Harrisburg fourth-grader Ashley Matunis excels at math, which allows her to learn faster than her classmates. Her 7-year-old sister Anna suffers from Type I diabetes. Their mother, Sarah, found a way to meet both her daughters' learning needs at Pennsylvania Cyber Charter School, which has more than 11,000 students across the state.
With the girls at home, Sarah can keep tabs on her younger daughter's health, while Ashley has the flexibility to take 5th-grade math classes. "We finally feel like our tax dollars are being used well," Sarah said.
The Matunis girls are just two of some 32,000 students statewide who are thriving at cyber schools. New legislation unveiled in Harrisburg, however, could do serious damage to cyber schools, hampering their ability to grow and function, ultimately hurting the Matunis family and thousands like them.
Cyber schools were authorized as a type of charter school in 2001, and have seen explosive growth since then. Families have flocked to them in such high numbers, schools can barely keep pace. Last year, the state department of education authorized four new cyber schools, bringing the total number to 16.
No good deed goes unpunished, however. School districts and teachers' unions have complained that cyber schools (and all other charter schools) drain money from their budgets, because money follows the child to her new school.
Such criticism implies that parents shouldn't be allowed to use public education dollars at a different public school, even if it is best for their children. It's an ironic message for legislators to send just as Pennsylvanians celebrate National School Choice Week from Jan. 27 to Feb 2.
Moreover, the complaint about cyber schools draining traditional public schools' funds doesn't hold much water. How much funding follows a student from a traditional public school to a cyber public school is based on the average per-student spending of her resident school district.
By law, cyber and other charter schools cannot be reimbursed for spending categories such as facilities acquisition, construction and improvement services, community/junior college programs, debt servicing and other items. As such, it's no surprise that cyber school per-student spending ends up being a fraction of what traditional public schools spend.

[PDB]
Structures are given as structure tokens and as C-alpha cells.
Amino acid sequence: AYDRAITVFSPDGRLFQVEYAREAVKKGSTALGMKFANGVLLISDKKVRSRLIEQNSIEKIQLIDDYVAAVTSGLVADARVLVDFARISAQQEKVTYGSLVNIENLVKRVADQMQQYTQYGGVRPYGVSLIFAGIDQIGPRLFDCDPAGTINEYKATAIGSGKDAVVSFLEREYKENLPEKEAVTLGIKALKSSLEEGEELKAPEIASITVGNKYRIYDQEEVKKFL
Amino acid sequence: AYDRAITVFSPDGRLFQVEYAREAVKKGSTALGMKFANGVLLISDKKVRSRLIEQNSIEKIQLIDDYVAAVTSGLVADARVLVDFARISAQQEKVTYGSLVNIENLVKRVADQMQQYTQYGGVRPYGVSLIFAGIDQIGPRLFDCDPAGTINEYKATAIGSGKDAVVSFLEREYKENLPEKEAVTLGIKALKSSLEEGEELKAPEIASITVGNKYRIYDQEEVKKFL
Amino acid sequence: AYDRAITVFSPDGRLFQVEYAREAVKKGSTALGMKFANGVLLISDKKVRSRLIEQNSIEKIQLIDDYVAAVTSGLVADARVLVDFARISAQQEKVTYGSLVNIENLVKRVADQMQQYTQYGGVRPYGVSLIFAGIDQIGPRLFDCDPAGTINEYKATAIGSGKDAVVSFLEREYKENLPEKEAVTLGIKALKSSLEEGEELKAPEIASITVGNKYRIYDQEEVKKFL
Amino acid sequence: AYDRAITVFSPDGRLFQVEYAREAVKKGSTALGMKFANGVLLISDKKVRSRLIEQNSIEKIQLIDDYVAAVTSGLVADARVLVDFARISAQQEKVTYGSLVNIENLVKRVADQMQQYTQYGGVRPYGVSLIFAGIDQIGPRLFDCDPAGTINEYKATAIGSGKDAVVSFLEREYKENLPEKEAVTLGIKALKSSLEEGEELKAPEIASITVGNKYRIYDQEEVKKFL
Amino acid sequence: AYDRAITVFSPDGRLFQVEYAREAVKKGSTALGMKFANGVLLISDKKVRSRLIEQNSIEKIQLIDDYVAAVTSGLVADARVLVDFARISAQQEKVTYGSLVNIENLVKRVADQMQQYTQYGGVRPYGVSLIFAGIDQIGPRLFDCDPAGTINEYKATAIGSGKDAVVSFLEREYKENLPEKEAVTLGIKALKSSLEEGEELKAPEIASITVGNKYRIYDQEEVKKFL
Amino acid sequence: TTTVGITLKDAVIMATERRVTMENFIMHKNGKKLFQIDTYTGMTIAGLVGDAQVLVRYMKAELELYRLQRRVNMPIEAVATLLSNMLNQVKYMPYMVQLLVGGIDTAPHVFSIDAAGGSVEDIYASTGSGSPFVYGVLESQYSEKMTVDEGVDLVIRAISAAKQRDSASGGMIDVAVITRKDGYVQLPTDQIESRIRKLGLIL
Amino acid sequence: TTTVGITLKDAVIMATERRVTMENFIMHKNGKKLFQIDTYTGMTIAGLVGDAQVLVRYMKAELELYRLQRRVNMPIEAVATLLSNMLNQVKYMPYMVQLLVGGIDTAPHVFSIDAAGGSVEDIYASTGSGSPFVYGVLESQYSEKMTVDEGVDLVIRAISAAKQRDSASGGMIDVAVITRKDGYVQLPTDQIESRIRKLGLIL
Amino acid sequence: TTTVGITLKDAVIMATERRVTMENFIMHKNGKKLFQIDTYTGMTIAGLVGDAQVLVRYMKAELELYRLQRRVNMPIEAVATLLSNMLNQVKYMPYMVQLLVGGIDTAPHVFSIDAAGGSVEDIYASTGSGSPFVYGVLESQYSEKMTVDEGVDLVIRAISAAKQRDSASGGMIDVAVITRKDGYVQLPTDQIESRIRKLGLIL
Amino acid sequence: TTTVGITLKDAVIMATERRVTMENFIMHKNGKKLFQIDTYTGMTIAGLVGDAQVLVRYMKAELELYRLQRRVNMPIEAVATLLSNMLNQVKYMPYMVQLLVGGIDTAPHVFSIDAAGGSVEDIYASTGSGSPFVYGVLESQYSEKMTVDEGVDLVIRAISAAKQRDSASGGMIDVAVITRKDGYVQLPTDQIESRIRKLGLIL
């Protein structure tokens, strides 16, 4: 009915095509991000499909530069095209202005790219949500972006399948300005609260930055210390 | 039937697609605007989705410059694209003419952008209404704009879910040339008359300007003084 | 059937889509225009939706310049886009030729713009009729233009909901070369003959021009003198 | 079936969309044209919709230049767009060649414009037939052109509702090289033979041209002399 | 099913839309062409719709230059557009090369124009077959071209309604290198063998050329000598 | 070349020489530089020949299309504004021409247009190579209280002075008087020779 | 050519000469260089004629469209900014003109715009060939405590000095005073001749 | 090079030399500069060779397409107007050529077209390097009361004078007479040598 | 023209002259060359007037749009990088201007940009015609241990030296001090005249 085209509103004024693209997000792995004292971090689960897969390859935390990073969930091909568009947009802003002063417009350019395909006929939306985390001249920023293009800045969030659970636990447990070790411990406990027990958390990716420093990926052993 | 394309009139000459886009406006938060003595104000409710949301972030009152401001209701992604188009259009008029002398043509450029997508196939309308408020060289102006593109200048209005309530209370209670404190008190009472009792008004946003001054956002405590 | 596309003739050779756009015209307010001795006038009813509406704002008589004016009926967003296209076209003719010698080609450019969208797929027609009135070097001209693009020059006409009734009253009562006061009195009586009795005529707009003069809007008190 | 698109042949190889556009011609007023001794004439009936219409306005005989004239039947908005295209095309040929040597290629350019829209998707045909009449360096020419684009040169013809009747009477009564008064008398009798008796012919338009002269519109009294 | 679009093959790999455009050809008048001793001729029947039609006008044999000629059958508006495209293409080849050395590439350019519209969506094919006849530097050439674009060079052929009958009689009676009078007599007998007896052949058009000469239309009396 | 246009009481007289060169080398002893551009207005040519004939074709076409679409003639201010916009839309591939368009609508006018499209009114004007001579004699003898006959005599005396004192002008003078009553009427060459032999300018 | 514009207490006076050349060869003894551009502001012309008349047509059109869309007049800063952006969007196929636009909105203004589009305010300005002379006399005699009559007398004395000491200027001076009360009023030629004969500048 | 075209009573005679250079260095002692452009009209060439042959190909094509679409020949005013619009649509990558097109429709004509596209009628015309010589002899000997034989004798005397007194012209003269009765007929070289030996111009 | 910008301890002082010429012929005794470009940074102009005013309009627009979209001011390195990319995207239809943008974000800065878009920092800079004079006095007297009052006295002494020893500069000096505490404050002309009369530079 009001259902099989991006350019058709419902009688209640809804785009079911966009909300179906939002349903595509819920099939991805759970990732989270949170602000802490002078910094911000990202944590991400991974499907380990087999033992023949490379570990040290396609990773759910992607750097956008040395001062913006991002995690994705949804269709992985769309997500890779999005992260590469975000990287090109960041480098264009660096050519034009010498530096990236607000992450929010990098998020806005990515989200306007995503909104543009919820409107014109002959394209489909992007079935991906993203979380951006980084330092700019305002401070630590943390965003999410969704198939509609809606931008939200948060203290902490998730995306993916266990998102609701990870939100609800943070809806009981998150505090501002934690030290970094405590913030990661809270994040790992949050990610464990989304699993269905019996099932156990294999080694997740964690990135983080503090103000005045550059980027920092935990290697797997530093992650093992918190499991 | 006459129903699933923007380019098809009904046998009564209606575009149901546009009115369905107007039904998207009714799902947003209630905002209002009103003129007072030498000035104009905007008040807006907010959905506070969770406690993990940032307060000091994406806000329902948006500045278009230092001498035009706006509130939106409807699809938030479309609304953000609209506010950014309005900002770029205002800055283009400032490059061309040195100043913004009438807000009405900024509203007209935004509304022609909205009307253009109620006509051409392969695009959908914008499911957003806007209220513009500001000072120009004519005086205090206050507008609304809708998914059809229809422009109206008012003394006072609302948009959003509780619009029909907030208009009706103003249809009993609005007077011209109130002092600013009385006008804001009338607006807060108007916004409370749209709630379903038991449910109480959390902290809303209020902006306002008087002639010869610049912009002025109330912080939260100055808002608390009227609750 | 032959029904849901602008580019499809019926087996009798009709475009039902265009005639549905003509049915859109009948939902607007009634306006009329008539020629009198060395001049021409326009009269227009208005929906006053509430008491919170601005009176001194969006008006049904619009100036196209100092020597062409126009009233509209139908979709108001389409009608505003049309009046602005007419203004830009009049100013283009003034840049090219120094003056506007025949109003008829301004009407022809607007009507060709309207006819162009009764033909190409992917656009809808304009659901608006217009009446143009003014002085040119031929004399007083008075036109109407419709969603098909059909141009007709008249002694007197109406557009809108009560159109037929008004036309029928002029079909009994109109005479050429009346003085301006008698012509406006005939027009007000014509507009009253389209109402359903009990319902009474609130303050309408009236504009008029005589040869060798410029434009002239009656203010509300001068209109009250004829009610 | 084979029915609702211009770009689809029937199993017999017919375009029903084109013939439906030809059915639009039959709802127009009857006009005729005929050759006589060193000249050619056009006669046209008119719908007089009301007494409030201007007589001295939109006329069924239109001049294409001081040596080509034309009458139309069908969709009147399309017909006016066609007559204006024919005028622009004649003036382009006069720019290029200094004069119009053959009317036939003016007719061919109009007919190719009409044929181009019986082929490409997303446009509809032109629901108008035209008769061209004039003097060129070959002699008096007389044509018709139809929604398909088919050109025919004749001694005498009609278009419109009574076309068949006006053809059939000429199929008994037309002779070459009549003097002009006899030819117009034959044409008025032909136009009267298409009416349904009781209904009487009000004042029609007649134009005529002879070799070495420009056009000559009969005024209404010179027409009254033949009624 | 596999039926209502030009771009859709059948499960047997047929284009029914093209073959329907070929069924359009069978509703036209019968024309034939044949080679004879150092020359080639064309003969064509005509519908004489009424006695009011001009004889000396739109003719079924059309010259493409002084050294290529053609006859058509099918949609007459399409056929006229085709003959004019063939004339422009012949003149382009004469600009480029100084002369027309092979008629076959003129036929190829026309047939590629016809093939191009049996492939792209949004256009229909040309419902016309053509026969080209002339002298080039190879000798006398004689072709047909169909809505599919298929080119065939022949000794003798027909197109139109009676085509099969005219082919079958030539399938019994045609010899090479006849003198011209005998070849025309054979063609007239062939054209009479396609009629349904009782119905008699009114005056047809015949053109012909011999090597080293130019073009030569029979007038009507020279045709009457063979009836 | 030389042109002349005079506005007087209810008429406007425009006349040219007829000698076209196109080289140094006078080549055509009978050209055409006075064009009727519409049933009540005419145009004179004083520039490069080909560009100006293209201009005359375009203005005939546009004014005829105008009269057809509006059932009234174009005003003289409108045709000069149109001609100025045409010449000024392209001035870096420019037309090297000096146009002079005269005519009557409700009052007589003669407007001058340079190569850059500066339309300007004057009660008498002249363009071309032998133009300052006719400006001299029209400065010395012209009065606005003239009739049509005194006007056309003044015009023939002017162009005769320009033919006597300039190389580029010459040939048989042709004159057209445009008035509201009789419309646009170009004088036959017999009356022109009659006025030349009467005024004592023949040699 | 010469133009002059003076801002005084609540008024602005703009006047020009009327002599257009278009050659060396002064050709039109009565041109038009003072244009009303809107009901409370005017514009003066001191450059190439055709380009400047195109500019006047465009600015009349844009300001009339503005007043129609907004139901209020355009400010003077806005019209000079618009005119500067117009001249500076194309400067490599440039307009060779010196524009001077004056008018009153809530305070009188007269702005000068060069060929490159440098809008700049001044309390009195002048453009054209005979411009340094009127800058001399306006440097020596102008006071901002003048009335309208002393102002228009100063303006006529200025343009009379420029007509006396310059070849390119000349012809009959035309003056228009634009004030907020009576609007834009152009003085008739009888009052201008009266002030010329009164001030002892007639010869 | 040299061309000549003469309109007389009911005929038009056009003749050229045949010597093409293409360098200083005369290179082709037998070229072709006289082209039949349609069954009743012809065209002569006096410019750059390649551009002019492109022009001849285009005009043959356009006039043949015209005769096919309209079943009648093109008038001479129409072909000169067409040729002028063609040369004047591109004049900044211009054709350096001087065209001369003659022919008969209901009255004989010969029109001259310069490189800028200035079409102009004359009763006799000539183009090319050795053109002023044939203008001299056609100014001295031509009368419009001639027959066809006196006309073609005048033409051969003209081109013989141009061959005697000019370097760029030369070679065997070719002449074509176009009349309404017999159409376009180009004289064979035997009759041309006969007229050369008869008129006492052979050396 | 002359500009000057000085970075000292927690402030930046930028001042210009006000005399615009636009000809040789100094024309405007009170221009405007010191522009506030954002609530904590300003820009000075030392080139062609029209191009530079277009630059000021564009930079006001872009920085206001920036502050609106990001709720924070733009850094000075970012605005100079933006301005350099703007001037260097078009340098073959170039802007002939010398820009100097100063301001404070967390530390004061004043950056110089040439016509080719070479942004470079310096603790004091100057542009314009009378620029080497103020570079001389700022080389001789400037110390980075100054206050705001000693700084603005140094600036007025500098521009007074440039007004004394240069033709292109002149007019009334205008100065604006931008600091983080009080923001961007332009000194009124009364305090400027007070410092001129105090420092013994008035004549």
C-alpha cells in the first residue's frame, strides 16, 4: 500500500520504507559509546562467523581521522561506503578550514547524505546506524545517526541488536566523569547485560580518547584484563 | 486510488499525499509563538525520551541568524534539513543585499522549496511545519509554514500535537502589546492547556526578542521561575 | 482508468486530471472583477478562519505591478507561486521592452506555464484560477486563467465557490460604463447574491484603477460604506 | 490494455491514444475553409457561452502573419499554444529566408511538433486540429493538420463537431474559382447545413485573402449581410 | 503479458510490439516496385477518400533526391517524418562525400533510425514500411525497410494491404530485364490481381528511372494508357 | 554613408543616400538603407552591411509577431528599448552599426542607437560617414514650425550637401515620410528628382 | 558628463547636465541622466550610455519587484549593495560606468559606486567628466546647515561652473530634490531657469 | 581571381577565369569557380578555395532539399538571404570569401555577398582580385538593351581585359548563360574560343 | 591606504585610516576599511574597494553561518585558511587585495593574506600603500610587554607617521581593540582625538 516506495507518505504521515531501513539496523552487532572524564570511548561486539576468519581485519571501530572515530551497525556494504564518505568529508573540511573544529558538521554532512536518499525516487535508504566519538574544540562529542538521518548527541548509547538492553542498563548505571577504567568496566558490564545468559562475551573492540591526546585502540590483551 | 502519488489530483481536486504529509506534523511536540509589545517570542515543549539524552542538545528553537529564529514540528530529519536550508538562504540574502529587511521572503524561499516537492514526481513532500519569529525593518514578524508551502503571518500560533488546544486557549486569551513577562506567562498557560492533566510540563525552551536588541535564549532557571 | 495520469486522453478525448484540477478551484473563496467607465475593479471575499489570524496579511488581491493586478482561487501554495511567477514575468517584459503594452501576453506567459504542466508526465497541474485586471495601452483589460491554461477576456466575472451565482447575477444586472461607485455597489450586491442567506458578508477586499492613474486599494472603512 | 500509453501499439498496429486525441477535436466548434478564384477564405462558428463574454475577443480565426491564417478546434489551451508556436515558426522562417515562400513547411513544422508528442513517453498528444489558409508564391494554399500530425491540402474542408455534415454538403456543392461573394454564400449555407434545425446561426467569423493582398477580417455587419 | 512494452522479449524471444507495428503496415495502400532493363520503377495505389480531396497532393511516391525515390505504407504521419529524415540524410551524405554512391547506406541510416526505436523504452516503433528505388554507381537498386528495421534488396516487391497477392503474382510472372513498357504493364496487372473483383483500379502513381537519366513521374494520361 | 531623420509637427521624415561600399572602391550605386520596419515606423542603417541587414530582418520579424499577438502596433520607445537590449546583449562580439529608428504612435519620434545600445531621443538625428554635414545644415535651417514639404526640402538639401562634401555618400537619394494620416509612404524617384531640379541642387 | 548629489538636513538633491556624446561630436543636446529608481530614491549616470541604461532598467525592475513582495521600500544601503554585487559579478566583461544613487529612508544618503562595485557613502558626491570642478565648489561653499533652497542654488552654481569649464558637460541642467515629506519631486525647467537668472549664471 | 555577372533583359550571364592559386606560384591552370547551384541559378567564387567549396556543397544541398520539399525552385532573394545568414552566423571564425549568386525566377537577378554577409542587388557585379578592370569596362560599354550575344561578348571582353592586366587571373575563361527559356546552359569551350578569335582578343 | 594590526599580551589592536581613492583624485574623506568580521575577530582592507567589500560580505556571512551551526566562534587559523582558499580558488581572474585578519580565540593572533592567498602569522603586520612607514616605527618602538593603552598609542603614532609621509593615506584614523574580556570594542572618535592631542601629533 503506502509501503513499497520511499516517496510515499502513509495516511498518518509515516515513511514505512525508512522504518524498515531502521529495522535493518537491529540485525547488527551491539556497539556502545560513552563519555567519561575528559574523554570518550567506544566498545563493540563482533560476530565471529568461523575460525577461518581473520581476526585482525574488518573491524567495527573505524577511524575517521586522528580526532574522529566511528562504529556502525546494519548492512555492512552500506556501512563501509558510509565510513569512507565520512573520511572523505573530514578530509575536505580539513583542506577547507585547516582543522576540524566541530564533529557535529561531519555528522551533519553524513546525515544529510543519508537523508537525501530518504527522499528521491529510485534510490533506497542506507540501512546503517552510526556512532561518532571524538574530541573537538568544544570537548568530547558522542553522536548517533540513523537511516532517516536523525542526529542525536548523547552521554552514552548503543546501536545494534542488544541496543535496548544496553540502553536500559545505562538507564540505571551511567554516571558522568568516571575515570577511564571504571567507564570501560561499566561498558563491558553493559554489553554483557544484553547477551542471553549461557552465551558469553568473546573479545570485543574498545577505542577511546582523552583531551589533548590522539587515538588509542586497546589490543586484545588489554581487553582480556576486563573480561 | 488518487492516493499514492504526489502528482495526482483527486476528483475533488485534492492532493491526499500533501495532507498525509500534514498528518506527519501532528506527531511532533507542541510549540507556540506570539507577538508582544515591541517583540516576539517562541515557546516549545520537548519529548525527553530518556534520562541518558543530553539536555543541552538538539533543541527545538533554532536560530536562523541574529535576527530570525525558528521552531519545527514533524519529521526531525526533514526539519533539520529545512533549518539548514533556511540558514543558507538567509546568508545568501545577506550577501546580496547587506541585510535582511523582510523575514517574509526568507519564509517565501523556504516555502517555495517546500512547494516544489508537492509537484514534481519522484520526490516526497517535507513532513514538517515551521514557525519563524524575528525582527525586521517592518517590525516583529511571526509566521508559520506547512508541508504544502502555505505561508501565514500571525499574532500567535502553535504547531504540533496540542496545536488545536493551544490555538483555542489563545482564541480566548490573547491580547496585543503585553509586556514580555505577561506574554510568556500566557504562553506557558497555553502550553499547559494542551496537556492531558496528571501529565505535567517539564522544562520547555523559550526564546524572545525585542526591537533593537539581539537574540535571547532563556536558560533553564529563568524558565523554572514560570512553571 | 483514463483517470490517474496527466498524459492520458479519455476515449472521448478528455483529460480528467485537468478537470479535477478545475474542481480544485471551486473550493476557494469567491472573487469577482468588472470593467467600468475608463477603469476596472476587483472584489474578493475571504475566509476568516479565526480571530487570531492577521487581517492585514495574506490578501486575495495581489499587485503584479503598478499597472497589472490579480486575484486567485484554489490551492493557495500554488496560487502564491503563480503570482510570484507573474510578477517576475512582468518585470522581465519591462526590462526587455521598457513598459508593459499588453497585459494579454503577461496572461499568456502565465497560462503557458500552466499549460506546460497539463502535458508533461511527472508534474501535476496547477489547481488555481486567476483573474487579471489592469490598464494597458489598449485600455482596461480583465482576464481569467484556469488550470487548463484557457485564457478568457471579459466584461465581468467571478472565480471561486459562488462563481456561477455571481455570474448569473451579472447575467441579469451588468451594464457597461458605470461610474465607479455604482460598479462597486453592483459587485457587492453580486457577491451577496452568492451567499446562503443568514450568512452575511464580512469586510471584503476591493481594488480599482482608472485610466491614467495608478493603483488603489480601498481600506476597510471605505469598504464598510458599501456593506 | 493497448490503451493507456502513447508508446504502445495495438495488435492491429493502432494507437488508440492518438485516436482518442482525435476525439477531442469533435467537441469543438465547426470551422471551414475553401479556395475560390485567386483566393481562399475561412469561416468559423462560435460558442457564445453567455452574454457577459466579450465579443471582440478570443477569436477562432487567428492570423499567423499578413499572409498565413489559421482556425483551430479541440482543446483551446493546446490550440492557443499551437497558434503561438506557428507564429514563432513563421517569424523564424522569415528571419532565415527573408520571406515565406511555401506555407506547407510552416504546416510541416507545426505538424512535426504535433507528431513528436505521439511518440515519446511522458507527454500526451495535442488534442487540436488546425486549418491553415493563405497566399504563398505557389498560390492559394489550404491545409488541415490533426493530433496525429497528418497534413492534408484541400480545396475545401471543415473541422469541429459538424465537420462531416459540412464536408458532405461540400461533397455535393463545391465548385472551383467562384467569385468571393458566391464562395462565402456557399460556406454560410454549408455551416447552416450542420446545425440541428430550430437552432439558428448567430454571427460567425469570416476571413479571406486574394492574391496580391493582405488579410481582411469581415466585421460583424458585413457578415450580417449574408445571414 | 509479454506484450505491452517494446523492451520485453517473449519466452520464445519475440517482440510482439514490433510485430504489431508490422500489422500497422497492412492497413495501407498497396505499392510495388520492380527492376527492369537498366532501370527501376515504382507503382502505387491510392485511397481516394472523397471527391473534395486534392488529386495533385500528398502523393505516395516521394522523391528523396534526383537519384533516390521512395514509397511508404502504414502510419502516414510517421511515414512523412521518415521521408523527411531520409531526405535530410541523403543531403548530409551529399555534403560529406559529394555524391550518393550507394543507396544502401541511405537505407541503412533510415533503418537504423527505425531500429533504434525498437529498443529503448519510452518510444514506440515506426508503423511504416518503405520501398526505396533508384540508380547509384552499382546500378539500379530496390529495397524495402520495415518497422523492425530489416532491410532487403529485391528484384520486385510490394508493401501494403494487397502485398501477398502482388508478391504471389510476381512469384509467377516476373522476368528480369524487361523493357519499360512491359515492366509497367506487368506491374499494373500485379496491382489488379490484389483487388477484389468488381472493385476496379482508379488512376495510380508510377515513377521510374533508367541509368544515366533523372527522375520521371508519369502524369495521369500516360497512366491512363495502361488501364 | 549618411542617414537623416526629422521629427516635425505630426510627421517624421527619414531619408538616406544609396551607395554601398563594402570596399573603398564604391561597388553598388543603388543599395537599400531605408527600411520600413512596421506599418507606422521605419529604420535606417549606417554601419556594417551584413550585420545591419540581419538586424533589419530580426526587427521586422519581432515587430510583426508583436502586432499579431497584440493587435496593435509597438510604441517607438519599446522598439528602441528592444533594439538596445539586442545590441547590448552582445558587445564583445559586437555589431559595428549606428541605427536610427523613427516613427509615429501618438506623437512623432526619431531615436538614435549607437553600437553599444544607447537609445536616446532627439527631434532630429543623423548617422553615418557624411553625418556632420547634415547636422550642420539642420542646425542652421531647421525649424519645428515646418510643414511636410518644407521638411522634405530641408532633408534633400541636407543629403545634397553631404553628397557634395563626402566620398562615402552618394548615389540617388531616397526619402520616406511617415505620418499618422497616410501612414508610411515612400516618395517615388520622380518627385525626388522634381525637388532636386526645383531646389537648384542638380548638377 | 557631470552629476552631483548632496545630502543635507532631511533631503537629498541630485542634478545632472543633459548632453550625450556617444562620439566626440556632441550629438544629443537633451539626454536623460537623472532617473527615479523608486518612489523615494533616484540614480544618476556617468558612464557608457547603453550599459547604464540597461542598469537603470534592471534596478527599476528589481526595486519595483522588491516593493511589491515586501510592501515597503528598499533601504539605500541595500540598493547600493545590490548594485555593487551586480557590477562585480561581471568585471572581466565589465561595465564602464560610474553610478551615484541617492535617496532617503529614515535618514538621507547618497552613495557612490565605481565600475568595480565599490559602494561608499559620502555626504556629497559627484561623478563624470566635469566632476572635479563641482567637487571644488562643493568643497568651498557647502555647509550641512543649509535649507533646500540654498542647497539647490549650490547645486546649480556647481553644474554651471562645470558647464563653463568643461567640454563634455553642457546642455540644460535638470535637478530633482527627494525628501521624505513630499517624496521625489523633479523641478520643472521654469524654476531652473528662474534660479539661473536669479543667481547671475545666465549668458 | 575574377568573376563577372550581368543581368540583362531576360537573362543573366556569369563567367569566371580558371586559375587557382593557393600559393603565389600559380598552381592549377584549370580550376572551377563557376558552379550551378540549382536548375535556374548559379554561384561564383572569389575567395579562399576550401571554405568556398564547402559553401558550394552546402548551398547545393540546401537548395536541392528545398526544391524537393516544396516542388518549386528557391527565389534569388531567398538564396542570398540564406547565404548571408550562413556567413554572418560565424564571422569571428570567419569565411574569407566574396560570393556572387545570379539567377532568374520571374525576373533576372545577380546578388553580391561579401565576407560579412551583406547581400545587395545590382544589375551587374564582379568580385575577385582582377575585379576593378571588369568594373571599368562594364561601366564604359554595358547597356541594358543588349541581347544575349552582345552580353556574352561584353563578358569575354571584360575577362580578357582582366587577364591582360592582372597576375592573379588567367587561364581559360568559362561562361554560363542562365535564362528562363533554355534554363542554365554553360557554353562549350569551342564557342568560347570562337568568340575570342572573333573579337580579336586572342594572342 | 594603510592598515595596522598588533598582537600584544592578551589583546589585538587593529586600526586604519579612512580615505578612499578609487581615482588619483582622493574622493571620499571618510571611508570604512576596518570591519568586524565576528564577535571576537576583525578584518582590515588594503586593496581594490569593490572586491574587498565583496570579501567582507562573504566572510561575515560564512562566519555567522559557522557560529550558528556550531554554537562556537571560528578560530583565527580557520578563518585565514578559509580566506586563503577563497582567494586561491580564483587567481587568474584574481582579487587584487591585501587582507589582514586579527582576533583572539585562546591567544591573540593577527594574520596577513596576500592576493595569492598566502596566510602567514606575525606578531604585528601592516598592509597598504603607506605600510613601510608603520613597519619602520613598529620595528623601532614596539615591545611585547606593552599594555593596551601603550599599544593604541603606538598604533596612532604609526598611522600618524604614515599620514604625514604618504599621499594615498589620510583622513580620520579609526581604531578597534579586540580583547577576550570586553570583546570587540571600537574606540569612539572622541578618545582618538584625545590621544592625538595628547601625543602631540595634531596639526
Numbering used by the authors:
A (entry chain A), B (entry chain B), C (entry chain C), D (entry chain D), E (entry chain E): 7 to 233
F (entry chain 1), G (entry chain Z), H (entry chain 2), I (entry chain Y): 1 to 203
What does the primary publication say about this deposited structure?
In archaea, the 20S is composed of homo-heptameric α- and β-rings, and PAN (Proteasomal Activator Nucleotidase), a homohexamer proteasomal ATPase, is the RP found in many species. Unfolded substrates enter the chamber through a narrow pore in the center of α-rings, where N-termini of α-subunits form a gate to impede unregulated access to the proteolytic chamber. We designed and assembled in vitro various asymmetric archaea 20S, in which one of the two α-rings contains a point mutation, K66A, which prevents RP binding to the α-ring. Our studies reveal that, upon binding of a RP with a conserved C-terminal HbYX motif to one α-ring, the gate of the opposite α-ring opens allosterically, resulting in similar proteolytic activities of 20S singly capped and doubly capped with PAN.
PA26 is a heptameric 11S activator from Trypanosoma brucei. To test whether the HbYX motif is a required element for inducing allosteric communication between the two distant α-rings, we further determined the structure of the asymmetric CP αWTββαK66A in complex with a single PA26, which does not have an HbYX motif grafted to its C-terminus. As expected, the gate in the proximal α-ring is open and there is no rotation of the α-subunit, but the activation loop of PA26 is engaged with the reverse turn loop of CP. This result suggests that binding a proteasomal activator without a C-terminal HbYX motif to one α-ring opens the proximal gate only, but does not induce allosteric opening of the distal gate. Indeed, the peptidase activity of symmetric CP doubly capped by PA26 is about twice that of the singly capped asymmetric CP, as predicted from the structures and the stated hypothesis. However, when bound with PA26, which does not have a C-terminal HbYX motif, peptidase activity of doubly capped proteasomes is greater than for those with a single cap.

In 2010-11, Pennsylvania public schools spent, on average, nearly $14,200 per student. Cyber schools spent 81 percent of that, or $11,500 per student. In other words, public schools retain funding for students they no longer have to educate. And statewide, cyber schools cost $319 million, or just 1 percent of Pennsylvania's total K-12 education spending.
Yet despite 21 existing deductions for school districts on cyber school payments, the new bills House Republicans unveiled would create more, without regard for how further deductions will impact the quality of education cyber students receive.
The most egregious is a proposal allowing school districts to deduct 50 percent of the cost of any in-house cyber program they offer from the payments they owe independent cyber schools. Legislators touted the measure as one that that would "spur competition between school districts and cyber charter schools." In reality, the measure would limit competition and effectively take the decision about which cyber program is better out of parents' hands.
To paraphrase Henry Ford, who famously said customers could have their Model T painted any color "so long as it is black," such a proposal effectively tells parents: "You can have any cyber program you want, so long as it's the school district's." Genuine school choice allows public money to flow freely to the schools parents choose for their children, prompting lagging public schools to improve their performance before getting more tax dollars.
There are certainly long-standing problems in how our public school system is funded, which create funding shortages for growing school districts while overfunding shrinking ones. However, the scattershot approach at reform led by House Republicans will only harm cyber schools and ultimately limit families' educational choices.
Last year, Hannah Tuffy of Scranton graduated from PA Cyber and became the school's first graduate to study at the prestigious U.S. Military Academy at West Point. Little girls like Ashley and Anna can follow in her footsteps—but only if we allow cyber schools to grow and thrive.
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Priya Abraham is a senior policy analyst with the Commonwealth Foundation, www.CommonwealthFoundation.org, Pennsylvania's free-market think tank.